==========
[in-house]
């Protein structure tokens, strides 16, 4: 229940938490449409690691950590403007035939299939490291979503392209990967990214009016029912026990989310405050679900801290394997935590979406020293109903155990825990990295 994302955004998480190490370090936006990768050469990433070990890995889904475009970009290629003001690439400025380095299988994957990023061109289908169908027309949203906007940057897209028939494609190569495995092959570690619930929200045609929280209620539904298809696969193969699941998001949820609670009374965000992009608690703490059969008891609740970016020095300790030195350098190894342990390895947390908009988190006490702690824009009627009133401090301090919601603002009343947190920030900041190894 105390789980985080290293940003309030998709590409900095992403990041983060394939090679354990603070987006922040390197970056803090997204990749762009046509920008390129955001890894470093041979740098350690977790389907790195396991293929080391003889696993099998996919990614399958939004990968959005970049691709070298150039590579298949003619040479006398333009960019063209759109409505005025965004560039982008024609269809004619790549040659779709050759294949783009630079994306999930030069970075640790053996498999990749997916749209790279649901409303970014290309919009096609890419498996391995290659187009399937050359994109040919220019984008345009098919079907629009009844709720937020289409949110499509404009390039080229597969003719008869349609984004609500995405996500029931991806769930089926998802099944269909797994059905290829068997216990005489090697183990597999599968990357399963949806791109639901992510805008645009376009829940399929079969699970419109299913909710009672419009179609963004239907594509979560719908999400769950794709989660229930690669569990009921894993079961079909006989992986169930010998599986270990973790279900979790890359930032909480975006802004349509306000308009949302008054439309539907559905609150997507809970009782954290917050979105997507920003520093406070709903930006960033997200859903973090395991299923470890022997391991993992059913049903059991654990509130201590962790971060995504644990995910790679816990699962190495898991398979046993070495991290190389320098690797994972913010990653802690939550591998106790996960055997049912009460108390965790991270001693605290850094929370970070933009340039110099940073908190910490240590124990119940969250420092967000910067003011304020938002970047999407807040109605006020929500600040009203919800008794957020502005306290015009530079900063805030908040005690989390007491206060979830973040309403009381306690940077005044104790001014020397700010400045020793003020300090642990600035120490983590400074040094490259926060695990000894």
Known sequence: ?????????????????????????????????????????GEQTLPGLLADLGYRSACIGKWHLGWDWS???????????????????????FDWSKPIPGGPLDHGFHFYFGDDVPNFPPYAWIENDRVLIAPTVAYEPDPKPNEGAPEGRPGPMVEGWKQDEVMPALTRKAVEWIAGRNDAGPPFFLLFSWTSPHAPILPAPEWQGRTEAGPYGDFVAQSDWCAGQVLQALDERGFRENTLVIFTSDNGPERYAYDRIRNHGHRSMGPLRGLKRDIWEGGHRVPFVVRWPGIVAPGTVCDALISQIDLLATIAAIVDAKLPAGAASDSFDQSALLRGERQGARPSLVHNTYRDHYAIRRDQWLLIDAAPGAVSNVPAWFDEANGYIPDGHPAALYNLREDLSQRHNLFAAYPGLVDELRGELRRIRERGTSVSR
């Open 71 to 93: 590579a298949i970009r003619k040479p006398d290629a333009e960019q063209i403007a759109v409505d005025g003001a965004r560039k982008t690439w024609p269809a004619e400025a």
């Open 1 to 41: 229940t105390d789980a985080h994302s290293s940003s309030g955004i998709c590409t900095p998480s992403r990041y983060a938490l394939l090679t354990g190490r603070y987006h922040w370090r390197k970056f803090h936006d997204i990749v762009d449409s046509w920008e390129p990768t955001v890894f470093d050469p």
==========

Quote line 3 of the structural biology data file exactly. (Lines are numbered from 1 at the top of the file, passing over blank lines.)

Known sequence: ?????????????????????????????????????????GEQTLPGLLADLGYRSACIGKWHLGWDWS???????????????????????FDWSKPIPGGPLDHGFHFYFGDDVPNFPPYAWIENDRVLIAPTVAYEPDPKPNEGAPEGRPGPMVEGWKQDEVMPALTRKAVEWIAGRNDAGPPFFLLFSWTSPHAPILPAPEWQGRTEAGPYGDFVAQSDWCAGQVLQALDERGFRENTLVIFTSDNGPERYAYDRIRNHGHRSMGPLRGLKRDIWEGGHRVPFVVRWPGIVAPGTVCDALISQIDLLATIAAIVDAKLPAGAASDSFDQSALLRGERQGARPSLVHNTYRDHYAIRRDQWLLIDAAPGAVSNVPAWFDEANGYIPDGHPAALYNLREDLSQRHNLFAAYPGLVDELRGELRRIRERGTSVSR